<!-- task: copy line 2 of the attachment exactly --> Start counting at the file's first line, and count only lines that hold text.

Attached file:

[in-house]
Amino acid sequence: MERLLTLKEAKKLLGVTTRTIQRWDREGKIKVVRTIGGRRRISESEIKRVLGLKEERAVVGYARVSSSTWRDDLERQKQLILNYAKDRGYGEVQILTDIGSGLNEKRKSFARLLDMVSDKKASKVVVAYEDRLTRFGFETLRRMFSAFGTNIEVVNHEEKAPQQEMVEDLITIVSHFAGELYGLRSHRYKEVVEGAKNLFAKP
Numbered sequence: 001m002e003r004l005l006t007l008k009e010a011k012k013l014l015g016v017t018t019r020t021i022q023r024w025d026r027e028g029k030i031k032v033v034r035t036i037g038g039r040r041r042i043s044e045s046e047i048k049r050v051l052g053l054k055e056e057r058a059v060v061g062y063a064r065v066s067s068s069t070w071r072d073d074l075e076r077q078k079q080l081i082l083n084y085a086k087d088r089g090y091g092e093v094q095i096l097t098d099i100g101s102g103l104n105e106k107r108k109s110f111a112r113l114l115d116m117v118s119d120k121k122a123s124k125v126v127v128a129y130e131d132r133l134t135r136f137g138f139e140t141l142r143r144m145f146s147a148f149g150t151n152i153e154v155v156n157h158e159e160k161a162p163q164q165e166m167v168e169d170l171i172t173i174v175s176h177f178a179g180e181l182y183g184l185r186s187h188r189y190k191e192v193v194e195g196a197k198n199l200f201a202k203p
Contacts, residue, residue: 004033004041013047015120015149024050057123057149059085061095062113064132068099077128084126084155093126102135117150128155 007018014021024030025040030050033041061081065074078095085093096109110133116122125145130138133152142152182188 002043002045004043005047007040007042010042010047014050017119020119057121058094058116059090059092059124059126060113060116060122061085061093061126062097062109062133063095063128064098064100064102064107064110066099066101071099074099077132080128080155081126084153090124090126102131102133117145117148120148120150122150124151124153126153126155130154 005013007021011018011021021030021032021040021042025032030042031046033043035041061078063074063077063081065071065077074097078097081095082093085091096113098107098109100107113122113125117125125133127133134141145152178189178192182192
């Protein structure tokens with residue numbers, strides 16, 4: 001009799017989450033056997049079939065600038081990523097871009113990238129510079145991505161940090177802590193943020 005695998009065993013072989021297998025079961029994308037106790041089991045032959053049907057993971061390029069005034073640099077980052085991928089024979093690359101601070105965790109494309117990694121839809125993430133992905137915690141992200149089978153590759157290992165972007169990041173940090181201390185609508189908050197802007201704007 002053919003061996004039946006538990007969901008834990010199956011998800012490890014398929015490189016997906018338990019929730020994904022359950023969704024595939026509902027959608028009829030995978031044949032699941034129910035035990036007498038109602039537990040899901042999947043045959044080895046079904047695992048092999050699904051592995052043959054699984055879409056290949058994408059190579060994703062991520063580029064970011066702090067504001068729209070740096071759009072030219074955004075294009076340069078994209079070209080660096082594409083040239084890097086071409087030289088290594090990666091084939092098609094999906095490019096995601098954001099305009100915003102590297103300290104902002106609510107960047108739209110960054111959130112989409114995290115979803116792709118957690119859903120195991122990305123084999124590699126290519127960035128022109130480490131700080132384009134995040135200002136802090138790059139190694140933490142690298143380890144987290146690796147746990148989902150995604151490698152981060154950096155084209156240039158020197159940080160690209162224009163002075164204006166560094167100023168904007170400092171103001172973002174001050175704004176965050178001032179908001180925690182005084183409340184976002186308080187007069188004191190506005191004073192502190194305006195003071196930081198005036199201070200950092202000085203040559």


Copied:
Amino acid sequence: MERLLTLKEAKKLLGVTTRTIQRWDREGKIKVVRTIGGRRRISESEIKRVLGLKEERAVVGYARVSSSTWRDDLERQKQLILNYAKDRGYGEVQILTDIGSGLNEKRKSFARLLDMVSDKKASKVVVAYEDRLTRFGFETLRRMFSAFGTNIEVVNHEEKAPQQEMVEDLITIVSHFAGELYGLRSHRYKEVVEGAKNLFAKP